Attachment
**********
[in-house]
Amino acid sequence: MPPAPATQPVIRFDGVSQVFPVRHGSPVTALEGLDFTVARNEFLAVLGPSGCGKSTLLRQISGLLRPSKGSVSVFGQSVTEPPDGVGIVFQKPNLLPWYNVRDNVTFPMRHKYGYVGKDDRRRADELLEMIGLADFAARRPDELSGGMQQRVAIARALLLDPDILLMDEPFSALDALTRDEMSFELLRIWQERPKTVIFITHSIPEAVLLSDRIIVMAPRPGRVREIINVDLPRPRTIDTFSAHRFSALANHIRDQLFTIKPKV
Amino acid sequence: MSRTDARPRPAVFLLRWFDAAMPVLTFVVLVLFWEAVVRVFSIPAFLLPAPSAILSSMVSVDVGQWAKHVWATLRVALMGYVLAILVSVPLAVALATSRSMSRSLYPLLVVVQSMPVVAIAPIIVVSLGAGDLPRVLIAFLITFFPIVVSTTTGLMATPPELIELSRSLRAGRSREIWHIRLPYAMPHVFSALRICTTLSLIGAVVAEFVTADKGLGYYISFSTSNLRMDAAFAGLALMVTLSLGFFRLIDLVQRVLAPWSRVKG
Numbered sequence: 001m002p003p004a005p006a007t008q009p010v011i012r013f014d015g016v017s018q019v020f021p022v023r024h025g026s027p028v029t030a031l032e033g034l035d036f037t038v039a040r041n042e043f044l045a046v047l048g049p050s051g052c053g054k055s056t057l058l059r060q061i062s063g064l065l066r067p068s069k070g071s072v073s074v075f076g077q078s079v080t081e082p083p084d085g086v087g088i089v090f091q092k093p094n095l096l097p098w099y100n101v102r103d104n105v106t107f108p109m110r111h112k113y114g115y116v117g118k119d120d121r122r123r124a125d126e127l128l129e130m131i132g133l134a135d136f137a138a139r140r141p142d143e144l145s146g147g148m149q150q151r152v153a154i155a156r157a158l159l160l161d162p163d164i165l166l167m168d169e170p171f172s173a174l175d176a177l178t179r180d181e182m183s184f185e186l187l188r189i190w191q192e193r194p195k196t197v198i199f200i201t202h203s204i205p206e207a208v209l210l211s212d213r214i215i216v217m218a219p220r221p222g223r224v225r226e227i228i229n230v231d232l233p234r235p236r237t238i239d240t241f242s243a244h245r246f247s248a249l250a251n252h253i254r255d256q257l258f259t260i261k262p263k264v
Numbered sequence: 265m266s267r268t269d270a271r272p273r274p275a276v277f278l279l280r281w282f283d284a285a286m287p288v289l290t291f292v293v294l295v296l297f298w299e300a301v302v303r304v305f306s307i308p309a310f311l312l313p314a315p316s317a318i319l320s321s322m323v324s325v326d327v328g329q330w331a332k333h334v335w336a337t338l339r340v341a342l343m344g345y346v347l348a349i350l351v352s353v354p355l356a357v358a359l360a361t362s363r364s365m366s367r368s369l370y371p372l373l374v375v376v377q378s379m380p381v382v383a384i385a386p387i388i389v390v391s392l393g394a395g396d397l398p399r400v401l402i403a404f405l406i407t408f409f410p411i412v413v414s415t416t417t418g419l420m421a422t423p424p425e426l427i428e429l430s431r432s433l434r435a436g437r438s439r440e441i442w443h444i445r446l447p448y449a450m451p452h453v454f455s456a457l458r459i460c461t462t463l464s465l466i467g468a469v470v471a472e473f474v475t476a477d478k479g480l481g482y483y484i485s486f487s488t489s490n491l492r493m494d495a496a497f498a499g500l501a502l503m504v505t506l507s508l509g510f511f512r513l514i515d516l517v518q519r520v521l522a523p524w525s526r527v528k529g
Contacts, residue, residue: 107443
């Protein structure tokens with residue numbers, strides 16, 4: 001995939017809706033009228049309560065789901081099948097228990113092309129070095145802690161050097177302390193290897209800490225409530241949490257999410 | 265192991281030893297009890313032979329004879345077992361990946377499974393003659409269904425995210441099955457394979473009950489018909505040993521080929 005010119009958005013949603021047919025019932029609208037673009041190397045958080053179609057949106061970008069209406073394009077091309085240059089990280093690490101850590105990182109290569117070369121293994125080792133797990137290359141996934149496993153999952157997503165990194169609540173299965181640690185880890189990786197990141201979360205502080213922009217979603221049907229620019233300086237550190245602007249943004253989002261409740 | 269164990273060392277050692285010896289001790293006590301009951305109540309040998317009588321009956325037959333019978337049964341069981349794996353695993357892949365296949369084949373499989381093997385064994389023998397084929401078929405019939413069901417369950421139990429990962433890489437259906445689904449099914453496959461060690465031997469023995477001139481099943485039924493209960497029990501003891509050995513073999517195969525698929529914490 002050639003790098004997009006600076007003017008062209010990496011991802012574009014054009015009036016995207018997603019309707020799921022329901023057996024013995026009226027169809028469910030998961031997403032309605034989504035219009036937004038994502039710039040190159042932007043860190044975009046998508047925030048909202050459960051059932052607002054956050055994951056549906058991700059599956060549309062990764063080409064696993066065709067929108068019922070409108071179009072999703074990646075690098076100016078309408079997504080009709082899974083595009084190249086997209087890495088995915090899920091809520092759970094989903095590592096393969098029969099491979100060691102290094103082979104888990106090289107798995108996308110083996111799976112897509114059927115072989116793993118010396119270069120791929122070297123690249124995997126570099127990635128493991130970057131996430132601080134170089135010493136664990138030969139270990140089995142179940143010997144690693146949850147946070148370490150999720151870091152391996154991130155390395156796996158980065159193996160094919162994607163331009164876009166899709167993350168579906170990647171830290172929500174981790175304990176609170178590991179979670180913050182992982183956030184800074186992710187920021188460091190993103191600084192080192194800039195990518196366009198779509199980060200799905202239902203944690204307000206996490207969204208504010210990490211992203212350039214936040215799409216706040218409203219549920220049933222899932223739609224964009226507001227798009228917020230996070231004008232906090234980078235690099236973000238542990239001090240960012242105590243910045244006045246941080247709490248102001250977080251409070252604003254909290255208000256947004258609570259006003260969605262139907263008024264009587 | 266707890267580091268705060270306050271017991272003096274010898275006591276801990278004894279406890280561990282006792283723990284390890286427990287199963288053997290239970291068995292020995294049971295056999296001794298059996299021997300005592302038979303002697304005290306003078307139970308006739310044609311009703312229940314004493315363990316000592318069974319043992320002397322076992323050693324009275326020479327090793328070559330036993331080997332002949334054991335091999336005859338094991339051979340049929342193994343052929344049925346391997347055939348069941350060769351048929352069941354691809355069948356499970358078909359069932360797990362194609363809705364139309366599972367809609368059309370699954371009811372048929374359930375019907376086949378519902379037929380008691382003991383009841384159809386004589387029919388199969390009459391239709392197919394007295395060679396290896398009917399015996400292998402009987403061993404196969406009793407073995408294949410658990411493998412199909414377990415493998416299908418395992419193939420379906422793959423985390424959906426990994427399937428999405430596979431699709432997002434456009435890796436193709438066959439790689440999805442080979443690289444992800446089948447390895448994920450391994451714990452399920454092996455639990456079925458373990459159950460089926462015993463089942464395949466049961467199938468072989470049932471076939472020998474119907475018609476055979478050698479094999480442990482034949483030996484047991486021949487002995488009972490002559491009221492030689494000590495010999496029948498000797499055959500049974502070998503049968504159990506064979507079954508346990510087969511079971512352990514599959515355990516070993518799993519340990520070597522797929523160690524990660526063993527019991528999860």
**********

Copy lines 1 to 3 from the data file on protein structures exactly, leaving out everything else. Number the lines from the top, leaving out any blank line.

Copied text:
[in-house]
Amino acid sequence: MPPAPATQPVIRFDGVSQVFPVRHGSPVTALEGLDFTVARNEFLAVLGPSGCGKSTLLRQISGLLRPSKGSVSVFGQSVTEPPDGVGIVFQKPNLLPWYNVRDNVTFPMRHKYGYVGKDDRRRADELLEMIGLADFAARRPDELSGGMQQRVAIARALLLDPDILLMDEPFSALDALTRDEMSFELLRIWQERPKTVIFITHSIPEAVLLSDRIIVMAPRPGRVREIINVDLPRPRTIDTFSAHRFSALANHIRDQLFTIKPKV
Amino acid sequence: MSRTDARPRPAVFLLRWFDAAMPVLTFVVLVLFWEAVVRVFSIPAFLLPAPSAILSSMVSVDVGQWAKHVWATLRVALMGYVLAILVSVPLAVALATSRSMSRSLYPLLVVVQSMPVVAIAPIIVVSLGAGDLPRVLIAFLITFFPIVVSTTTGLMATPPELIELSRSLRAGRSREIWHIRLPYAMPHVFSALRICTTLSLIGAVVAEFVTADKGLGYYISFSTSNLRMDAAFAGLALMVTLSLGFFRLIDLVQRVLAPWSRVKG